'Just because I'm not rich, does not mean I'm entitled to less education'

13th December 2002 at 00:00
SIXTH-FORMERS say it makes no sense for a Government that wants to expand universities to charge them more to go.

They understand that universities need cash, but say it is unfair to lay the burden on them, either via top-up fees or a graduate tax.

For twins Rachel and Sarah Courtney, existing tuition fees of pound;1,100 a year will already be difficult for their family.

"There are two of us so if we were both to go the same year my mum, who's a part-time nurse, would have to pay pound;2,200," said Rachel, 17. "I wanted to do dentistry but that is a five-year course and I did not realise how much the fees would be."

Rachel and Sarah go to Ashington high in a former mining village in Northumberland.

Headteacher Ken Tonge already faces an uphill battle convincing bright students to go to university, and says the prospect of extra fees would be a "further frustration".

Sarah is worried about debt but says she will find the money somehow: "I really want to do a career - I would rather pay the money than be stuck in a job that I hated."

Hazel Ingham, 17, of Newport Free grammar school in Essex, wants to study French or politics but is the third of four children and says her parents cannot afford to pay higher fees.

"Just because I'm not as rich as someone else does not mean I'm entitled to less education," she said. Andrew Hunter, 16, of George Stephenson high school in Killingworth, North Tyneside, says charging higher fees would change his degree - he would study accountacy rather than history - and is only willing to pay pound;1,500 a year.

Classmate James Bailey, 17, would pay pound;2,000 to study history and a law conversion course: "Top-up fees could put some people off, but I know at the end of it it would be worth it - once you have a degree you can do whatever you want."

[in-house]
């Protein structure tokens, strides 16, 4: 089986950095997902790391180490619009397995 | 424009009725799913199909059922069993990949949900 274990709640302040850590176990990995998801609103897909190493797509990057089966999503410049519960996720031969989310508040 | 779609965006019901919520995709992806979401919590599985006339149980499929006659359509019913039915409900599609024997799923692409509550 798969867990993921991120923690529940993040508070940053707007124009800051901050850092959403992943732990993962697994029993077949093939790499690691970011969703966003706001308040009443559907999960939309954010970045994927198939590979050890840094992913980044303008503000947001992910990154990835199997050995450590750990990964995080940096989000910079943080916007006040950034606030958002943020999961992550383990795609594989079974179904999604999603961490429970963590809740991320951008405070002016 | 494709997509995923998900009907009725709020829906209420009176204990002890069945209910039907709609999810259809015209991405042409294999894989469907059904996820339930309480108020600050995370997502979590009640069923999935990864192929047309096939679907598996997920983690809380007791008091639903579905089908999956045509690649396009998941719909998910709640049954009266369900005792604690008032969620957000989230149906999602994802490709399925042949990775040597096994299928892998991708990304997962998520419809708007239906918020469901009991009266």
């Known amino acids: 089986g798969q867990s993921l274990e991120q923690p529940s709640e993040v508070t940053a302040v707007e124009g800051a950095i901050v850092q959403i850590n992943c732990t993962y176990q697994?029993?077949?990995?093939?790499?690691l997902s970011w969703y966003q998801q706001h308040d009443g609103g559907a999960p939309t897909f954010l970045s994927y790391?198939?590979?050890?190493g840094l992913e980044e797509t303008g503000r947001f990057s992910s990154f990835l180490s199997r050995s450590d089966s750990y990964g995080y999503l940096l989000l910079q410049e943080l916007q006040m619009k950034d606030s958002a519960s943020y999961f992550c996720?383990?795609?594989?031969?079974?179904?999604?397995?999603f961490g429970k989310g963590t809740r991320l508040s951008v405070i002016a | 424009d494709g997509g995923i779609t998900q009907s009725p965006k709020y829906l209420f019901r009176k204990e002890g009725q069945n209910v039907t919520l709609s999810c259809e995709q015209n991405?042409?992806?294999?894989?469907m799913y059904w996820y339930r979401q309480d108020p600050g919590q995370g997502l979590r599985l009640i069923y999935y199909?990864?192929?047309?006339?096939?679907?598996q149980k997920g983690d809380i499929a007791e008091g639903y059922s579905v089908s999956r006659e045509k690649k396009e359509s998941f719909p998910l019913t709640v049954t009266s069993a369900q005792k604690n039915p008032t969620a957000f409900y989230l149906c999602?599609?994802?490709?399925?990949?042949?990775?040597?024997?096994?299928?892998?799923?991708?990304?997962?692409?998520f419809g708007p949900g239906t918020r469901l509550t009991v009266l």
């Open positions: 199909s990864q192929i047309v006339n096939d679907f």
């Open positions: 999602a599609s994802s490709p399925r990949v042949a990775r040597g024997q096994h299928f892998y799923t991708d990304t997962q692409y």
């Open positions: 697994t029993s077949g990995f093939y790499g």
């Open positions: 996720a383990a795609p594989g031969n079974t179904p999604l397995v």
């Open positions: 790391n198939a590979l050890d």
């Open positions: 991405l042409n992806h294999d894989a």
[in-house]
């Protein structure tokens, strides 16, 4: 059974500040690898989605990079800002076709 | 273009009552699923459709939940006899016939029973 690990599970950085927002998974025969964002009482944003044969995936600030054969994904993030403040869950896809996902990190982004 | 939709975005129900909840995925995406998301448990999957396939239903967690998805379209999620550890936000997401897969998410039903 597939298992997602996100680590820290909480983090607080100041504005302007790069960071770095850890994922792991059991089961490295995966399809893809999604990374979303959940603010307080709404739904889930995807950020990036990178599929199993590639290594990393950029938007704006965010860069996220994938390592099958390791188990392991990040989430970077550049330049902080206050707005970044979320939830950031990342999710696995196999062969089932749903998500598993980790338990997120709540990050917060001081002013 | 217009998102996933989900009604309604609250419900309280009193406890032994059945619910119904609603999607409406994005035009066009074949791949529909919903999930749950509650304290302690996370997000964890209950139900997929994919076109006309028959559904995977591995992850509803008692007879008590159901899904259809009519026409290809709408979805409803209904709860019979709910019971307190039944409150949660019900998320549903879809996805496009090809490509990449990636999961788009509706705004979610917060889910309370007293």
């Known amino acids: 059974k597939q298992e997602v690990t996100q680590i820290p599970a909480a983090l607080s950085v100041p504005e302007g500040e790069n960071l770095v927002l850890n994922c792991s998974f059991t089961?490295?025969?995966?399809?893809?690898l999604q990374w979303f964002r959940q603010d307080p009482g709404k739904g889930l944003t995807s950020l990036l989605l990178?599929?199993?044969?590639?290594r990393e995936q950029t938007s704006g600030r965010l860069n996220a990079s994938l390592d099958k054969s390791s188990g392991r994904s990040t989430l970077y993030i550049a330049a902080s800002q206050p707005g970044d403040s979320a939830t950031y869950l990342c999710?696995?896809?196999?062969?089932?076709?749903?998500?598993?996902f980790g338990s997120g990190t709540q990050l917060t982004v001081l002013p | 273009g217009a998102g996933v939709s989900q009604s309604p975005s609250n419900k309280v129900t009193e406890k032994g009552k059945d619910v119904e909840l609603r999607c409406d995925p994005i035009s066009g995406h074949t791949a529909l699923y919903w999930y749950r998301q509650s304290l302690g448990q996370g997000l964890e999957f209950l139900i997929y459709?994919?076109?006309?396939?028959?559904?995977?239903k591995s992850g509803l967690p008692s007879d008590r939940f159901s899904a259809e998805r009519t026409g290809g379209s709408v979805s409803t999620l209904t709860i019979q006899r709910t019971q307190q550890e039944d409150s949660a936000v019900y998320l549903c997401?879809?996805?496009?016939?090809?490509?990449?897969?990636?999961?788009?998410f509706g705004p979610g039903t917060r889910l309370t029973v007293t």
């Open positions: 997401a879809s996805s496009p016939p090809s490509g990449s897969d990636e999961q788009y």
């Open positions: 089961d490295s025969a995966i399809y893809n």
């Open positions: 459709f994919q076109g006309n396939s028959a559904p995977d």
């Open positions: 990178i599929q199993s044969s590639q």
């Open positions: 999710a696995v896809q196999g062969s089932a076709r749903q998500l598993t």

Neil Loughlan, 16, of Newport Free, who plans to study law, said middle-income families would be the hardest hit. "My teachers could go to university for free, so I don't think it's very fair that I cannot."

Jane Winter, 17, of Sunderland high school, wants to be a teacher. Her parents pay school fees of pound;1,900 a term. Jane thinks university fees should be no higher than pound;2,000.

"A graduate tax is a better idea than paying up front, but it would mean that you could still be paying it off by the time you are 30," she said.

Log-in as an existing print or digital subscriber

Forgotten your subscriber ID?


To access this content and the full TES archive, subscribe now.

View subscriber offers


Get TES online and delivered to your door – for less than the price of a coffee

Save 33% off the cover price with this great subscription offer. Every copy delivered to your door by first-class post, plus full access to TES online and the TES app for just £1.90 per week.
Subscribers also enjoy a range of fantastic offers and benefits worth over £270:

  • Discounts off TES Institute courses
  • Access over 200,000 articles in the TES online archive
  • Free Tastecard membership worth £79.99
  • Discounts with Zipcar, Buyagift.com, Virgin Wines and other partners
Order your low-cost subscription today